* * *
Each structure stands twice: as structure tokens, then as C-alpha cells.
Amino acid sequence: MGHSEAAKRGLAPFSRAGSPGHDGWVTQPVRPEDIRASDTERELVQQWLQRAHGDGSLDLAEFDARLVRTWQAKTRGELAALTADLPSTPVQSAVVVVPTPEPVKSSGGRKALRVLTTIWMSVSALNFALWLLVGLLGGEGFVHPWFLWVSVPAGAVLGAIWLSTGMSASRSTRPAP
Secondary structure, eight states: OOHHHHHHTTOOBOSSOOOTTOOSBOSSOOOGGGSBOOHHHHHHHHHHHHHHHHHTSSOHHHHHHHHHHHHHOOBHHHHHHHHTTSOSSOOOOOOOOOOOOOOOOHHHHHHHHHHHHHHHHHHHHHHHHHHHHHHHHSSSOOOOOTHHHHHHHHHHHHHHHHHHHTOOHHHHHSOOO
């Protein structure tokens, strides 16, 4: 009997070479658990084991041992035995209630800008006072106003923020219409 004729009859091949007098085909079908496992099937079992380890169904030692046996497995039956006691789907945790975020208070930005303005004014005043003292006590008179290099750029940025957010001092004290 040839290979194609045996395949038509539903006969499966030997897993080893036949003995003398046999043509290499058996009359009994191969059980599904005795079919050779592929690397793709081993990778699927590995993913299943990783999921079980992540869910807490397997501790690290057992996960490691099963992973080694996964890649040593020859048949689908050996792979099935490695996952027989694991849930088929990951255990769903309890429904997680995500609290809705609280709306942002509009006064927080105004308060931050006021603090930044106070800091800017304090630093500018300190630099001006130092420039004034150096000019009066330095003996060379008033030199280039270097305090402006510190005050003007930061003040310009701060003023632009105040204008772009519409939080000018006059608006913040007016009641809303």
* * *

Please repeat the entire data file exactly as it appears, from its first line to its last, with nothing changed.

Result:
Each structure stands twice: as structure tokens, then as C-alpha cells.
Amino acid sequence: MGHSEAAKRGLAPFSRAGSPGHDGWVTQPVRPEDIRASDTERELVQQWLQRAHGDGSLDLAEFDARLVRTWQAKTRGELAALTADLPSTPVQSAVVVVPTPEPVKSSGGRKALRVLTTIWMSVSALNFALWLLVGLLGGEGFVHPWFLWVSVPAGAVLGAIWLSTGMSASRSTRPAP
Secondary structure, eight states: OOHHHHHHTTOOBOSSOOOTTOOSBOSSOOOGGGSBOOHHHHHHHHHHHHHHHHHTSSOHHHHHHHHHHHHHOOBHHHHHHHHTTSOSSOOOOOOOOOOOOOOOOHHHHHHHHHHHHHHHHHHHHHHHHHHHHHHHHSSSOOOOOTHHHHHHHHHHHHHHHHHHHTOOHHHHHSOOO
């Protein structure tokens, strides 16, 4: 009997070479658990084991041992035995209630800008006072106003923020219409 004729009859091949007098085909079908496992099937079992380890169904030692046996497995039956006691789907945790975020208070930005303005004014005043003292006590008179290099750029940025957010001092004290 040839290979194609045996395949038509539903006969499966030997897993080893036949003995003398046999043509290499058996009359009994191969059980599904005795079919050779592929690397793709081993990778699927590995993913299943990783999921079980992540869910807490397997501790690290057992996960490691099963992973080694996964890649040593020859048949689908050996792979099935490695996952027989694991849930088929990951255990769903309890429904997680995500609290809705609280709306942002509009006064927080105004308060931050006021603090930044106070800091800017304090630093500018300190630099001006130092420039004034150096000019009066330095003996060379008033030199280039270097305090402006510190005050003007930061003040310009701060003023632009105040204008772009519409939080000018006059608006913040007016009641809303």